If you use WordPress version 2.1.1, a dangerous security breach in that version has been discovered.
The announcement came late yesterday:
If you downloaded WordPress 2.1.1 within the past 3-4 days, your files may include a security exploit that was added by a cracker, and you should upgrade all of your files to 2.1.2 immediately.
[…] No downloads were altered except 2.1.1, so if you’ve downloaded any version of 2.0 you should be fine.
When a software alert includes the word “dangerous,” you know you need to take immediate action. Download version 2.1.2 and follow the excellent upgrade guide.
Please spread the word to anyone you know using WordPress version 2.1.1.
I just popped on to see how your upgrade went. Aren’t you glad you didn’t dither much longer?
At least they seem to be on top of the ‘Dangerous WordPress’ thing. It smacks of shards of glass in your baby milk or flu-ridden Hungarian bootiful turkeys. It might even be an elaborate marketing ploy to get your average Joe to use the ‘safer’ wordpress.com.
I wouldn’t mind but 2.1.1 had just solved most of my problems.
Anyway, the tightening across my chest has started to subside with all the WordPress worry and I’ve even managed a move to a new host without anybody noticing a damn thing.
Things couldn’t be better, unless, of course, WordPress kills me in my sleep.
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I haven’t yet upgraded this blog to the latest WordPress, Paul. I did upgrade last week to the security fix release 2.0.9 which is still the 2.0 branch of WordPress.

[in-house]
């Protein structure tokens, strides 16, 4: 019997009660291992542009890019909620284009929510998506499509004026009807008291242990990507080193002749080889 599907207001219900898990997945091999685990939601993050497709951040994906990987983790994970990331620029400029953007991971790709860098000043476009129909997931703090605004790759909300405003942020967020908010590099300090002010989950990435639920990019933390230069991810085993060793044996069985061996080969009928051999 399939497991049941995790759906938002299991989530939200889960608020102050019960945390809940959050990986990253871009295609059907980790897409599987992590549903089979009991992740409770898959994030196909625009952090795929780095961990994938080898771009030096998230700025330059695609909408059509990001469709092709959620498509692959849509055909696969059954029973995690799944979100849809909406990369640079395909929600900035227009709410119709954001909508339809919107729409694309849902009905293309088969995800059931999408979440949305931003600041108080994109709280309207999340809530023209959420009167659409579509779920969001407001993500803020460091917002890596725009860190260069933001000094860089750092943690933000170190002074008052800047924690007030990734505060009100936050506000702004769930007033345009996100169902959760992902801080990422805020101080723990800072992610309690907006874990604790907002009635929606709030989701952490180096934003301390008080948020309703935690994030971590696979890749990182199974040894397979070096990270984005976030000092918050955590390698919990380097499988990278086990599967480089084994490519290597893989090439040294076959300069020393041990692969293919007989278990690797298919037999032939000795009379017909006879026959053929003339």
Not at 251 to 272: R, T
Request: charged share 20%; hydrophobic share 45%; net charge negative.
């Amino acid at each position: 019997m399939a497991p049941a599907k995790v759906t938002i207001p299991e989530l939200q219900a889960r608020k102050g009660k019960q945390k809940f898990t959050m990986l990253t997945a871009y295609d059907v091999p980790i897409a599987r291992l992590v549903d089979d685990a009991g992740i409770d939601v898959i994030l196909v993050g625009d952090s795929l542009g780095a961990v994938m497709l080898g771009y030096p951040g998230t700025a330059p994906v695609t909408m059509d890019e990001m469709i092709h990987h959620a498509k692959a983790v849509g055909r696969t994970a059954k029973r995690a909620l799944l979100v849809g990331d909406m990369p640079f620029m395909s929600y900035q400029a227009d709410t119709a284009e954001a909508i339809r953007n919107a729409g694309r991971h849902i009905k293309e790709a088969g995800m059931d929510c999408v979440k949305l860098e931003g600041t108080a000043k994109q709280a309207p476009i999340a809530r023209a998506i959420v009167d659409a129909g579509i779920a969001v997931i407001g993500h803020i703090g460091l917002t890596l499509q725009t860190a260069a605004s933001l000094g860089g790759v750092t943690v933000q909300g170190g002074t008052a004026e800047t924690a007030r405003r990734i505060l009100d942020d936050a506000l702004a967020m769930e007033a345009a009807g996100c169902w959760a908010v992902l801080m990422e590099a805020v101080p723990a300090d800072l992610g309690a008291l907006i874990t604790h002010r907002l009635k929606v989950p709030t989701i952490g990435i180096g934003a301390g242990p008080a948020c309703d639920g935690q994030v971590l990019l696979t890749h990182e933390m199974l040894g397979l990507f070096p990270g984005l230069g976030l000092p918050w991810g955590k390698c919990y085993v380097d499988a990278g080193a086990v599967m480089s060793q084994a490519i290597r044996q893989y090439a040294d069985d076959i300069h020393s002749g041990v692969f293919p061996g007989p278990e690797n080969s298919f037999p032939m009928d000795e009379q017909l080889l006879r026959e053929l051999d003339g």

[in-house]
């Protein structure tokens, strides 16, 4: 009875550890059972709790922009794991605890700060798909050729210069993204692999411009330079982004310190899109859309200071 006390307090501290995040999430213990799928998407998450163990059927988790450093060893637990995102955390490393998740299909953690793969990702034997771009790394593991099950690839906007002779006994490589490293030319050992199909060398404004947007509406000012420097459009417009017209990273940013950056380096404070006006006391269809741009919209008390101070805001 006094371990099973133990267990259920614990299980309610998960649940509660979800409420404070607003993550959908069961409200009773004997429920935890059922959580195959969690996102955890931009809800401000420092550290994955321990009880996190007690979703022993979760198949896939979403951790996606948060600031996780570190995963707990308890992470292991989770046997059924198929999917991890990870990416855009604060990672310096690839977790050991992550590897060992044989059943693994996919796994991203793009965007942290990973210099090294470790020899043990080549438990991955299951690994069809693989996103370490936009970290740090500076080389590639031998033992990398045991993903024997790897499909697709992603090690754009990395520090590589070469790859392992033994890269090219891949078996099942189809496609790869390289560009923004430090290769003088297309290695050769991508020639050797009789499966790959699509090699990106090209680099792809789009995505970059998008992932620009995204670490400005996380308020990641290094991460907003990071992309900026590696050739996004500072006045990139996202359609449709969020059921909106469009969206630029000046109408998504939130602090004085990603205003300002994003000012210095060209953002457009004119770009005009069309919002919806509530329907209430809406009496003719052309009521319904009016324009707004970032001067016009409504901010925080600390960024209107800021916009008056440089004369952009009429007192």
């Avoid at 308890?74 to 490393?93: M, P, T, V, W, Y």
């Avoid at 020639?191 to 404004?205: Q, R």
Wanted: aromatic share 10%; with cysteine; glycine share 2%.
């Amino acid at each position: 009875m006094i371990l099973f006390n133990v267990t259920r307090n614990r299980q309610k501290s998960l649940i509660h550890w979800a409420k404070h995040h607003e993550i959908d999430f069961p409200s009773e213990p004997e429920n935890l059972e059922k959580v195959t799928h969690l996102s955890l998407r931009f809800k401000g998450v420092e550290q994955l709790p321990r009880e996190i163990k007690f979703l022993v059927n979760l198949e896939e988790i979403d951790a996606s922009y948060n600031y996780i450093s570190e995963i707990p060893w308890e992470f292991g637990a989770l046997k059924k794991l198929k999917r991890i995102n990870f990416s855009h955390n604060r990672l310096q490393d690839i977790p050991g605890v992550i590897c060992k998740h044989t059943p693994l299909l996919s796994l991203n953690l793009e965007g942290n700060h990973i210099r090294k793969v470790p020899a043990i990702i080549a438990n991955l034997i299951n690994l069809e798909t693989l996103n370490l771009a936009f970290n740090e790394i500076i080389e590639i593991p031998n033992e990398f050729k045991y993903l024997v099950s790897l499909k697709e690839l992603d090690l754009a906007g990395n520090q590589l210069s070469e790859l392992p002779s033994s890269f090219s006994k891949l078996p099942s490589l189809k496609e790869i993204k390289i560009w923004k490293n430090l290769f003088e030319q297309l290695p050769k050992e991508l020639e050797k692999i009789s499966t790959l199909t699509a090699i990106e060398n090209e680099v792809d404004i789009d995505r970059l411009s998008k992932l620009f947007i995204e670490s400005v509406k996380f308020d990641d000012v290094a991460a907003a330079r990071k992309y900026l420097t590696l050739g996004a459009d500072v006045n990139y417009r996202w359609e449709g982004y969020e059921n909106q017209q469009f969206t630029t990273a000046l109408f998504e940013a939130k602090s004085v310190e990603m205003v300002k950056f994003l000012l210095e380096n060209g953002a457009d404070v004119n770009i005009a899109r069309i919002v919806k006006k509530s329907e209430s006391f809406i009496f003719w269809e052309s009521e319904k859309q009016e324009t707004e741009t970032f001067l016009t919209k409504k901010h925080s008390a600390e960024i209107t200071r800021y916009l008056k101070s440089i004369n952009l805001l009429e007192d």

I have just upgraded my sandbox to 2.1.2, though. That was dead easy.
The theme’s the thing. Until I get clear in my mind what I’m going to do about that, I’ll not do the upgrade here. So basically, I’m still dithering…
not that a seasoned, mature CMS couldn’t be hacked…it could. But…one of my arguments against blog platforms for public corporations is exactly this. Too easy.
It is a risk, Dee, I agree. Yet reading the accounts of what happened with this WordPress scare (a cracker had gained user-level access to one of the servers that powers wordpress.org, and had used that access to modify the download file) leads me to think that something like this could happen with any application – whether it’s a blog, a database or a CMS – where access to files is based on the trust established with and from every user, reflected by the access grants.
Having said that, something like this is still a massive problem. WordPress’ reputation is at stake. Even if the problem relates only to the version 2.1.1. download files in a specific time window, I’d want to re-download the latest version 2.1.2 and reinstall the whole platform no matter when I’d originally installed 2.1.1. I’ve even seen a couple of posts saying that 2.1.2 contains some bug fixes.
All in all, this is not a good situation.